Automation is interesting in almost every repetitive or simple task; traffic sign mapping and inventories are an excellent use case to be automated. Digital maps are getting more and more important in the days of connected vehicles and navigation, and smart phones have become a norm. Combining these ideas, with Vaisala Road AI technology turns mobile video into an ultimate format for vehicle based computer vision in various use cases.
Vaisala’s computer vision team has developed one the most advanced traffic sign mapping systems to support asset management and traffic system safety monitoring. The RoadAI system is for those who need to monitor signs and traffic arrangements with a simple and mobile video recording system.
Typically, false positives are causing challenges particularly in computer vision and machine learning applications. When our technical team first illustrated how false positives are filtered out from the computer vision results before visualizing the output, I thought “This is great!”. The solution is simple, effective and reliable as most good solutions usually are.
Development of the system was initiated by the Finnish Transportation Agency in 2014. The main driver was a need to manage traffic sign inventory with images and have them mapped for navigation purposes cost efficiently and reliably. Innovative solution is to combine smartphone application and computer vision for extracting and mapping signs from a video recorded from a regular maintenance vehicle. RoadAI is now operational and is capable to map signs and signaling on roads and rail. The unique system is simple to use and interface supports, not only sings on map and individual sign images, but creation of proprietary street view services for internal use. RoadAI provides the easiest way to create your road view, and map signs and condition of roads in a fraction of the time when compared to existing methods.
After this, it is hard to claim that a system based on still images could ever be as good or reliable as a video based system.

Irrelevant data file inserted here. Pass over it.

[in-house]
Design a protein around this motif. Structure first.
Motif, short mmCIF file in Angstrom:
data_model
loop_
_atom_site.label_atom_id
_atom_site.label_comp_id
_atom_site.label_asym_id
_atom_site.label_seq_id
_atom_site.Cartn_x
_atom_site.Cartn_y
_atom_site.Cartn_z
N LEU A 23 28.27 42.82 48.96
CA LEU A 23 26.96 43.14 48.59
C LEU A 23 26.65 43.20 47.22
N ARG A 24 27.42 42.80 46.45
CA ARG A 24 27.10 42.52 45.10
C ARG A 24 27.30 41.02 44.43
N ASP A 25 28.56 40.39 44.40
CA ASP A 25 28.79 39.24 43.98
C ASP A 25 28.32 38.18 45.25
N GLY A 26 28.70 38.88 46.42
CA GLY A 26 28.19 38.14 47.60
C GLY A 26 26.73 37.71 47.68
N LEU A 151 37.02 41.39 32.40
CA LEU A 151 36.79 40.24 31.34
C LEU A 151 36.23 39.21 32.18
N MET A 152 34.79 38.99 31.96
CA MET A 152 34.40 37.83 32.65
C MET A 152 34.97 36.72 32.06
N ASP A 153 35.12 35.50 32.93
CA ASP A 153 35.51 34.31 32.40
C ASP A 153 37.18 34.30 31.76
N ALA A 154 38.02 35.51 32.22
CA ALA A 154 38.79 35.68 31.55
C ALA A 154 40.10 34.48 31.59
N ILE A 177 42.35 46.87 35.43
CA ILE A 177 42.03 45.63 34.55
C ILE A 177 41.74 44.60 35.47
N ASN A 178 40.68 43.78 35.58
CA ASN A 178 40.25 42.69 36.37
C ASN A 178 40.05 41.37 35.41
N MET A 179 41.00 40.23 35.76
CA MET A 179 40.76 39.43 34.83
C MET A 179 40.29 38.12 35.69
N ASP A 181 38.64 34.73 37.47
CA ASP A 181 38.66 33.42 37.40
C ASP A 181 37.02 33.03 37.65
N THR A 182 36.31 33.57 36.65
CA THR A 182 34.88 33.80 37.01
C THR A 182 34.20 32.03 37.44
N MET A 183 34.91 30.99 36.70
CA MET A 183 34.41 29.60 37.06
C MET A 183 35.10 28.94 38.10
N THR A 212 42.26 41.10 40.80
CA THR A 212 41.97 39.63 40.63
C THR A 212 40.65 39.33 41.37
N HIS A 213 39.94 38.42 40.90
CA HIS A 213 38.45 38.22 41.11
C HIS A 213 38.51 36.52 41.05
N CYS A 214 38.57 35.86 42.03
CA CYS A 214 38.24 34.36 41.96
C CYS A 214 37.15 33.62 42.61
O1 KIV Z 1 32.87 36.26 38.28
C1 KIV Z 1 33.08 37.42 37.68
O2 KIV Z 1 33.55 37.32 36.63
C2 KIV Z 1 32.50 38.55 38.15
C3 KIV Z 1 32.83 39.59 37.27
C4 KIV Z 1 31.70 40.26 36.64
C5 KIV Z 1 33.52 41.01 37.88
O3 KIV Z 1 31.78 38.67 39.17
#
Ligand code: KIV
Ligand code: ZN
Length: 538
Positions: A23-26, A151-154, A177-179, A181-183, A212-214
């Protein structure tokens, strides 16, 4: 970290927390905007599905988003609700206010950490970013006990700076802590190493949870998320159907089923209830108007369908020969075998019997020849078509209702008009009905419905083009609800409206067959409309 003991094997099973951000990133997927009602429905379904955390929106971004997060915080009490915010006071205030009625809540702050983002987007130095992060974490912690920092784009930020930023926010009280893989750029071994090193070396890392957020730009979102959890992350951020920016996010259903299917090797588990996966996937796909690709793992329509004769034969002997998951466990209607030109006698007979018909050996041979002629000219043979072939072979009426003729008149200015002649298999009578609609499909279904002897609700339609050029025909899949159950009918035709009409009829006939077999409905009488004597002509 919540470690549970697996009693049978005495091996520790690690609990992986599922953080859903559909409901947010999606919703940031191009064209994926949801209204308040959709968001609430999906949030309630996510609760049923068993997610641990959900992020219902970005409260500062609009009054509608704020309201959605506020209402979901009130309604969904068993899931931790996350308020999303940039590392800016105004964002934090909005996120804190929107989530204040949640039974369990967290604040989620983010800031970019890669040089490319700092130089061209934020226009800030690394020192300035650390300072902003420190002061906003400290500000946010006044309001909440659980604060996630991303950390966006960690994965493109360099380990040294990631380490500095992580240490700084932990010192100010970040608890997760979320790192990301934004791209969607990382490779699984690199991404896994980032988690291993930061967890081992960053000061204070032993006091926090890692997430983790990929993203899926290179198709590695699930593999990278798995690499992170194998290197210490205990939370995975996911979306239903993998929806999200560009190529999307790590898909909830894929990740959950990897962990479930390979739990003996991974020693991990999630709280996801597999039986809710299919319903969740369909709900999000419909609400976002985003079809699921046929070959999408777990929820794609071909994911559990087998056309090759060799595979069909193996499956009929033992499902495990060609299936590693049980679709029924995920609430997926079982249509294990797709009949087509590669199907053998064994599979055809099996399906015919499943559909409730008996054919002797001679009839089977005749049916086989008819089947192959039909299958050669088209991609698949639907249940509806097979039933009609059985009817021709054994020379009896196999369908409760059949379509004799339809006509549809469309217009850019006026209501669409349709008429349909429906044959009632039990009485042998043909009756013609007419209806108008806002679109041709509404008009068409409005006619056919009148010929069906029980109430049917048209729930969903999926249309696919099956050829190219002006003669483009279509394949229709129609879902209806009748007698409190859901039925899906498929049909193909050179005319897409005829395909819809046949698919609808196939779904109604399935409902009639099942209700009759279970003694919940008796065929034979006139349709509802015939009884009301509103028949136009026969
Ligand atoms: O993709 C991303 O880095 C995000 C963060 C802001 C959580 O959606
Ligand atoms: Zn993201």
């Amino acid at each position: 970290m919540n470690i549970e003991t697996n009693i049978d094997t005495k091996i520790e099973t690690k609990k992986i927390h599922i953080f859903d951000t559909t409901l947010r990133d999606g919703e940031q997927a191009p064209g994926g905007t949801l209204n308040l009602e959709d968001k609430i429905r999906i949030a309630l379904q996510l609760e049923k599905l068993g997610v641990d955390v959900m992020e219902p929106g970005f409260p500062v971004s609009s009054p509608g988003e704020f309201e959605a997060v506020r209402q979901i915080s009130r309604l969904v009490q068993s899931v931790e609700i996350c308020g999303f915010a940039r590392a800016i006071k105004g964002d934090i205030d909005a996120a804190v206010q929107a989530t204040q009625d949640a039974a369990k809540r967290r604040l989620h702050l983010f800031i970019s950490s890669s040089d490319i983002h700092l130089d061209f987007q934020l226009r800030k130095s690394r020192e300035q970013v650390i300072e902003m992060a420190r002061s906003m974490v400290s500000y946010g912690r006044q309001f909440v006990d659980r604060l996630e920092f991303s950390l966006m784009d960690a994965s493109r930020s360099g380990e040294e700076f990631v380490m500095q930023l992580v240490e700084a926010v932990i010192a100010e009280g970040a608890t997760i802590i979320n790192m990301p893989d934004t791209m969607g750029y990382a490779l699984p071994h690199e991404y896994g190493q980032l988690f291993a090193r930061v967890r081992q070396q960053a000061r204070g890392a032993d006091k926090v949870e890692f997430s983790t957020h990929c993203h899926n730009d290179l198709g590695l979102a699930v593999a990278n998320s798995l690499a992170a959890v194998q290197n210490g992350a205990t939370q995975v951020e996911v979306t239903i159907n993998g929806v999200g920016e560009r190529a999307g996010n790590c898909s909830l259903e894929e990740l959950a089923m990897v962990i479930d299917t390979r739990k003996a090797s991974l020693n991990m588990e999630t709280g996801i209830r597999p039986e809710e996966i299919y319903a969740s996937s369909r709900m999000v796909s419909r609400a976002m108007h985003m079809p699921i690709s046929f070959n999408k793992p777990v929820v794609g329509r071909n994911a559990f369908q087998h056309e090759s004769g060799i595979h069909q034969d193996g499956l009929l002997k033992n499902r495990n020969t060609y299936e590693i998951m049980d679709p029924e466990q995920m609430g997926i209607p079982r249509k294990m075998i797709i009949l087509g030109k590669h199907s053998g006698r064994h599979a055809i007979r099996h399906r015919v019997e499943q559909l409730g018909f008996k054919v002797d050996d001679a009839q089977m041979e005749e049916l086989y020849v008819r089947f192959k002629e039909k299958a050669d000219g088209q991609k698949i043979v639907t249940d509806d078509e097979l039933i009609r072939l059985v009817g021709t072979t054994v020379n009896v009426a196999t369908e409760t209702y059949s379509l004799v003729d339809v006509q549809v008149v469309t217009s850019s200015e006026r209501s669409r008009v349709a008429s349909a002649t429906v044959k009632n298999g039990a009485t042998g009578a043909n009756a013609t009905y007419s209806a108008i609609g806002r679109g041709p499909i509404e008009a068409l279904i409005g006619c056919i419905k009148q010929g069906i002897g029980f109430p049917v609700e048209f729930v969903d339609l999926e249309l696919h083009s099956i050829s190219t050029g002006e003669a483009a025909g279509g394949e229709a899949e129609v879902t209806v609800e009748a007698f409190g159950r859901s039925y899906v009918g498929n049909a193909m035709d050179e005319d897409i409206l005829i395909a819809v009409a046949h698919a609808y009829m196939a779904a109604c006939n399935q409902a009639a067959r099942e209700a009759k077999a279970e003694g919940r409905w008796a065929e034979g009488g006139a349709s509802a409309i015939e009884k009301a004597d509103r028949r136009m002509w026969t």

The system is currently serving multiple city customers and is piloted by multiple DOTs. The roadmap for future includes increased use of artificial intelligence and computer vision for analyzing condition of road markings, detection of environmental phenomena and mapping of other infrastructure assets.
To help you get an impression of video's superiority in confidence of the detection, let´s concentrate to the image below. It shows how a 80 km/h traffic sign has been detected altogether 21 times by a single video at a normal highway speed. It is natural that classification is incorrect in some frames; computer vision is not perfect, just like no man is. The light condition, motion blur and blowing snow are typical challenges for detection and classification. The case sign here is detected for the first time from 95 meters and for the last time from a couple of meter distance. There are altogether 3 incorrect classifications and 18 correct ones. Because the video based, 3D point cloud system can localize all detections to the same position, the 3 incorrect detections are filtered out and confidence of sign classification is superior. The confidence for the final detection and classification is the sum of the 18 individual detections; results are reliable and basically never wrong.
Markus is responsible for commercialization of Vaisala´s computer vision based services for roads and rails. Markus holds a Masters degree in technological entrepreneurship from Lappeenranta University of Technology. He is a former officer of Finnish Defence Forces and has been the head for Digitalization Program and multiple ICT projects in the Finnish Transportation Agency (FTA). Markus was also a co-founder and CEO of Vionice (acquired by Vaisala in 2017).